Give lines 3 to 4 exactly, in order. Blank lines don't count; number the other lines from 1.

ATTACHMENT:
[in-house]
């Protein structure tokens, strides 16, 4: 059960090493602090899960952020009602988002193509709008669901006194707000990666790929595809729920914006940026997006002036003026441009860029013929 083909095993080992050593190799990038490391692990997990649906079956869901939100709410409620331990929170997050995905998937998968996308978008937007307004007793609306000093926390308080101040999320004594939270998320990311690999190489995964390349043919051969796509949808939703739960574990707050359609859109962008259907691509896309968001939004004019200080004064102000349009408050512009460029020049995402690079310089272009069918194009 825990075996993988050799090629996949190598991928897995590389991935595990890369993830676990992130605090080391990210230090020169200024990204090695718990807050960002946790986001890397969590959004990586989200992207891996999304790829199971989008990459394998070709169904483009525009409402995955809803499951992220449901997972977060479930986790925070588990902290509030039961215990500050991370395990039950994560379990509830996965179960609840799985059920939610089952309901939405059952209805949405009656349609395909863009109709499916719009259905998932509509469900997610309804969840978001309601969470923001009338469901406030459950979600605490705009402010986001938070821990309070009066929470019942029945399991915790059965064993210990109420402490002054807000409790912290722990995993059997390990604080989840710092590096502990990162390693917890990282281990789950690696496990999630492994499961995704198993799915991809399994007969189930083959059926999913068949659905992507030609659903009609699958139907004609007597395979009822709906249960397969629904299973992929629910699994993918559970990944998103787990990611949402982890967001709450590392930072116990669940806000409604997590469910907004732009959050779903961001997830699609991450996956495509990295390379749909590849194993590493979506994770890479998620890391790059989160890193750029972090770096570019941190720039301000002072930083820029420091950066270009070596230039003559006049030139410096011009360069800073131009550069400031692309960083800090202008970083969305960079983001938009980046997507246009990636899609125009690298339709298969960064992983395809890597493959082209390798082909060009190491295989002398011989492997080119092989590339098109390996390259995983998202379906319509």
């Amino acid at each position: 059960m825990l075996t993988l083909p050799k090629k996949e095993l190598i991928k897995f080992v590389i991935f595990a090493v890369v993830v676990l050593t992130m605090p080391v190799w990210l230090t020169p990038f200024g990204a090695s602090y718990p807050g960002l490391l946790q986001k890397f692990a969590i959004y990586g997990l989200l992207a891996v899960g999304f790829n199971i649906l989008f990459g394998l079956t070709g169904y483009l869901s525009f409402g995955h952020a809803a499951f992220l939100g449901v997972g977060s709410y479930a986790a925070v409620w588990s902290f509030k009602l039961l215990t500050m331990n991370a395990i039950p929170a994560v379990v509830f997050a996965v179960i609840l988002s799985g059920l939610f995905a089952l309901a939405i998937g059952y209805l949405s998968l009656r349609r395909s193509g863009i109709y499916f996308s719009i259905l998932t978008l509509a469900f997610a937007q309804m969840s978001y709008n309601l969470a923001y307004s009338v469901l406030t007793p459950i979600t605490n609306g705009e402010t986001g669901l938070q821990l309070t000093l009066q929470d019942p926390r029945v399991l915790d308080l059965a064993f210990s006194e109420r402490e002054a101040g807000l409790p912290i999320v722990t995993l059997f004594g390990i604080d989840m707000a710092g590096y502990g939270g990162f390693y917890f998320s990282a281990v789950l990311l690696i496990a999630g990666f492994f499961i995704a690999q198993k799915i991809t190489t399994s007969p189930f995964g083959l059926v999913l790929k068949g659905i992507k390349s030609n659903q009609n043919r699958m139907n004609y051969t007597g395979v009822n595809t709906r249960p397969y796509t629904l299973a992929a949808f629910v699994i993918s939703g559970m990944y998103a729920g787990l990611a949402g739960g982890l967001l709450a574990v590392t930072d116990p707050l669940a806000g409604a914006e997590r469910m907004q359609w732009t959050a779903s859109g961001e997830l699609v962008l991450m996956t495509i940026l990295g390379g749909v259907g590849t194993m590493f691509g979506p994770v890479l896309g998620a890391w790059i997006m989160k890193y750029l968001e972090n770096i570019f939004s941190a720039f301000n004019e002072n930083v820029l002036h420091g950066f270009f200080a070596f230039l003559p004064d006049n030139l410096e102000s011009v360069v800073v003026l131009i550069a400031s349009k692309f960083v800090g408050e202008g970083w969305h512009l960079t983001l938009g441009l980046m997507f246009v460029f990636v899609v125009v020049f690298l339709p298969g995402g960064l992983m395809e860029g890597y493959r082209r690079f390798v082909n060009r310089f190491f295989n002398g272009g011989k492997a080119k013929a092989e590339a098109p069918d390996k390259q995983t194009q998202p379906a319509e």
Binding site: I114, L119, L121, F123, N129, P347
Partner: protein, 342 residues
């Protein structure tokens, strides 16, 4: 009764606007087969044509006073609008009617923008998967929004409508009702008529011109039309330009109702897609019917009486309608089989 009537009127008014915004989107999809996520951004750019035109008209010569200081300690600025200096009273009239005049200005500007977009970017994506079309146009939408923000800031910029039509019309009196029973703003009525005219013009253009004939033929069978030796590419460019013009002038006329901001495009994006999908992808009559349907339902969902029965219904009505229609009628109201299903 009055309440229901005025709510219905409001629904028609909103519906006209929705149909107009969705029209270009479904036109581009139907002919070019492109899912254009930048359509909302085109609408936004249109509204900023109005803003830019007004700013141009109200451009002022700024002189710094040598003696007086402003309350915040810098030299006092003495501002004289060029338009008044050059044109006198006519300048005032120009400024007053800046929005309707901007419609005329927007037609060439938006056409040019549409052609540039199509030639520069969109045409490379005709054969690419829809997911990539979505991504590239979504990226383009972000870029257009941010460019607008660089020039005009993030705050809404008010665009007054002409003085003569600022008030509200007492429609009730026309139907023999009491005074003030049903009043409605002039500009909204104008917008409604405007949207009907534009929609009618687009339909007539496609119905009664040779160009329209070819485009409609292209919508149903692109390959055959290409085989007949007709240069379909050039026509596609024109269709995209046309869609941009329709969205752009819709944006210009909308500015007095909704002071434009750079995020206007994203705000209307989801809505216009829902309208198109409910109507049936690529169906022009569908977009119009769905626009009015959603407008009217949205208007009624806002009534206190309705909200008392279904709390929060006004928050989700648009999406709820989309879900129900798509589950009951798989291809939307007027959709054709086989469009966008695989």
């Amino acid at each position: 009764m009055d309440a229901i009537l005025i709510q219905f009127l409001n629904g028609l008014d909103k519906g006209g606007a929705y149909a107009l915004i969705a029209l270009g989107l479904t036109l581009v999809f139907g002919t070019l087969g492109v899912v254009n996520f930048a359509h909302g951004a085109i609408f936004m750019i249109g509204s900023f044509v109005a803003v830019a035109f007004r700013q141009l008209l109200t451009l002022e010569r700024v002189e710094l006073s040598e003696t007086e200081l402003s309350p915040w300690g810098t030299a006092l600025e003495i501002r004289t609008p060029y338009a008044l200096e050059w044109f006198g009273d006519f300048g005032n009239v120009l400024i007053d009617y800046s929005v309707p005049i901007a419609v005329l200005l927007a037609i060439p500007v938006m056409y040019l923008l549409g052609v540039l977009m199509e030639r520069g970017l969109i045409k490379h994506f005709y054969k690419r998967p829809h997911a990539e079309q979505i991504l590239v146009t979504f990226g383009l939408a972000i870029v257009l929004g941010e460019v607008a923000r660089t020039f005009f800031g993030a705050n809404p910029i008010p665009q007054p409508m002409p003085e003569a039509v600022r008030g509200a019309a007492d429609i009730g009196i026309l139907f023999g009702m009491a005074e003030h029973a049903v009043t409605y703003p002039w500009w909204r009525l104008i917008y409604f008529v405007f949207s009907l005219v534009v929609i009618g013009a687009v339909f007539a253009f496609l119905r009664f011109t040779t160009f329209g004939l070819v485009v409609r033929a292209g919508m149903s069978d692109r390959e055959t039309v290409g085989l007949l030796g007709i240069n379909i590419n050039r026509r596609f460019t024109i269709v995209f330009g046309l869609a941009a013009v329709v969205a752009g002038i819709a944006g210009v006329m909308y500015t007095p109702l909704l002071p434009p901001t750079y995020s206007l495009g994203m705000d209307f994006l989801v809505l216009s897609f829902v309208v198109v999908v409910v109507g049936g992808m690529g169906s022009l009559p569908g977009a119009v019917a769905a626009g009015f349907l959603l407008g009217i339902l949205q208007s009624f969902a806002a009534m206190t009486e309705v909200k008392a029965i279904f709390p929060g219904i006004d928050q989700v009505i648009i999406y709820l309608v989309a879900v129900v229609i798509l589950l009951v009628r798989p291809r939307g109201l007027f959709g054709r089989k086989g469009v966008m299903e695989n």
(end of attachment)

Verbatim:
């Amino acid at each position: 059960m825990l075996t993988l083909p050799k090629k996949e095993l190598i991928k897995f080992v590389i991935f595990a090493v890369v993830v676990l050593t992130m605090p080391v190799w990210l230090t020169p990038f200024g990204a090695s602090y718990p807050g960002l490391l946790q986001k890397f692990a969590i959004y990586g997990l989200l992207a891996v899960g999304f790829n199971i649906l989008f990459g394998l079956t070709g169904y483009l869901s525009f409402g995955h952020a809803a499951f992220l939100g449901v997972g977060s709410y479930a986790a925070v409620w588990s902290f509030k009602l039961l215990t500050m331990n991370a395990i039950p929170a994560v379990v509830f997050a996965v179960i609840l988002s799985g059920l939610f995905a089952l309901a939405i998937g059952y209805l949405s998968l009656r349609r395909s193509g863009i109709y499916f996308s719009i259905l998932t978008l509509a469900f997610a937007q309804m969840s978001y709008n309601l969470a923001y307004s009338v469901l406030t007793p459950i979600t605490n609306g705009e402010t986001g669901l938070q821990l309070t000093l009066q929470d019942p926390r029945v399991l915790d308080l059965a064993f210990s006194e109420r402490e002054a101040g807000l409790p912290i999320v722990t995993l059997f004594g390990i604080d989840m707000a710092g590096y502990g939270g990162f390693y917890f998320s990282a281990v789950l990311l690696i496990a999630g990666f492994f499961i995704a690999q198993k799915i991809t190489t399994s007969p189930f995964g083959l059926v999913l790929k068949g659905i992507k390349s030609n659903q009609n043919r699958m139907n004609y051969t007597g395979v009822n595809t709906r249960p397969y796509t629904l299973a992929a949808f629910v699994i993918s939703g559970m990944y998103a729920g787990l990611a949402g739960g982890l967001l709450a574990v590392t930072d116990p707050l669940a806000g409604a914006e997590r469910m907004q359609w732009t959050a779903s859109g961001e997830l699609v962008l991450m996956t495509i940026l990295g390379g749909v259907g590849t194993m590493f691509g979506p994770v890479l896309g998620a890391w790059i997006m989160k890193y750029l968001e972090n770096i570019f939004s941190a720039f301000n004019e002072n930083v820029l002036h420091g950066f270009f200080a070596f230039l003559p004064d006049n030139l410096e102000s011009v360069v800073v003026l131009i550069a400031s349009k692309f960083v800090g408050e202008g970083w969305h512009l960079t983001l938009g441009l980046m997507f246009v460029f990636v899609v125009v020049f690298l339709p298969g995402g960064l992983m395809e860029g890597y493959r082209r690079f390798v082909n060009r310089f190491f295989n002398g272009g011989k492997a080119k013929a092989e590339a098109p069918d390996k390259q995983t194009q998202p379906a319509e």
Binding site: I114, L119, L121, F123, N129, P347